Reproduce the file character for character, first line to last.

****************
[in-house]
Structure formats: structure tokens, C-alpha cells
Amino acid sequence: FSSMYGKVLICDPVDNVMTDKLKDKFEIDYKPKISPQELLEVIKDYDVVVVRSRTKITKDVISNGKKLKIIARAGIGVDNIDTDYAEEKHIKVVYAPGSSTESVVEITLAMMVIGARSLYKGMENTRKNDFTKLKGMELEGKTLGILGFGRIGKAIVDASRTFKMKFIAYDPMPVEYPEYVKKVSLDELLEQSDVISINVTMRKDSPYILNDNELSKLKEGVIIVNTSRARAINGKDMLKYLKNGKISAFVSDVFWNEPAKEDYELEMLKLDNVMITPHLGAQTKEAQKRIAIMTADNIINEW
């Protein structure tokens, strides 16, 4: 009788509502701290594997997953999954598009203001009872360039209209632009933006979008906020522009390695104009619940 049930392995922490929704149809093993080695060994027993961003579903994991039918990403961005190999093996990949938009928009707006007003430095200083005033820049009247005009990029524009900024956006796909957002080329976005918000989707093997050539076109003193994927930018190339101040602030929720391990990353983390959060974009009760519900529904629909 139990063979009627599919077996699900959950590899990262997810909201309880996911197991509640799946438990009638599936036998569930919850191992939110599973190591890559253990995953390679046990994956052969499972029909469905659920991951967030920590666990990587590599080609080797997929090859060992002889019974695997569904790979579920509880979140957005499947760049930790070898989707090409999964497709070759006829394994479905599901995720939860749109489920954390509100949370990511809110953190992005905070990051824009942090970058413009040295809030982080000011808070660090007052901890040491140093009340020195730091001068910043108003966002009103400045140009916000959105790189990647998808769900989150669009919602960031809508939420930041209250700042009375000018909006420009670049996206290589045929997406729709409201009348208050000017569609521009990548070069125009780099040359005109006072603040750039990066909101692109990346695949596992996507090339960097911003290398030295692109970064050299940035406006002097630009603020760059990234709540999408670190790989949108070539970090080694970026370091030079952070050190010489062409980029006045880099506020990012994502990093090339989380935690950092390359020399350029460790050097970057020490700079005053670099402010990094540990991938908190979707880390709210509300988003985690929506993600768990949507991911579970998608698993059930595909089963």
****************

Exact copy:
[in-house]
Structure formats: structure tokens, C-alpha cells
Amino acid sequence: FSSMYGKVLICDPVDNVMTDKLKDKFEIDYKPKISPQELLEVIKDYDVVVVRSRTKITKDVISNGKKLKIIARAGIGVDNIDTDYAEEKHIKVVYAPGSSTESVVEITLAMMVIGARSLYKGMENTRKNDFTKLKGMELEGKTLGILGFGRIGKAIVDASRTFKMKFIAYDPMPVEYPEYVKKVSLDELLEQSDVISINVTMRKDSPYILNDNELSKLKEGVIIVNTSRARAINGKDMLKYLKNGKISAFVSDVFWNEPAKEDYELEMLKLDNVMITPHLGAQTKEAQKRIAIMTADNIINEW
């Protein structure tokens, strides 16, 4: 009788509502701290594997997953999954598009203001009872360039209209632009933006979008906020522009390695104009619940 049930392995922490929704149809093993080695060994027993961003579903994991039918990403961005190999093996990949938009928009707006007003430095200083005033820049009247005009990029524009900024956006796909957002080329976005918000989707093997050539076109003193994927930018190339101040602030929720391990990353983390959060974009009760519900529904629909 139990063979009627599919077996699900959950590899990262997810909201309880996911197991509640799946438990009638599936036998569930919850191992939110599973190591890559253990995953390679046990994956052969499972029909469905659920991951967030920590666990990587590599080609080797997929090859060992002889019974695997569904790979579920509880979140957005499947760049930790070898989707090409999964497709070759006829394994479905599901995720939860749109489920954390509100949370990511809110953190992005905070990051824009942090970058413009040295809030982080000011808070660090007052901890040491140093009340020195730091001068910043108003966002009103400045140009916000959105790189990647998808769900989150669009919602960031809508939420930041209250700042009375000018909006420009670049996206290589045929997406729709409201009348208050000017569609521009990548070069125009780099040359005109006072603040750039990066909101692109990346695949596992996507090339960097911003290398030295692109970064050299940035406006002097630009603020760059990234709540999408670190790989949108070539970090080694970026370091030079952070050190010489062409980029006045880099506020990012994502990093090339989380935690950092390359020399350029460790050097970057020490700079005053670099402010990094540990991938908190979707880390709210509300988003985690929506993600768990949507991911579970998608698993059930595909089963």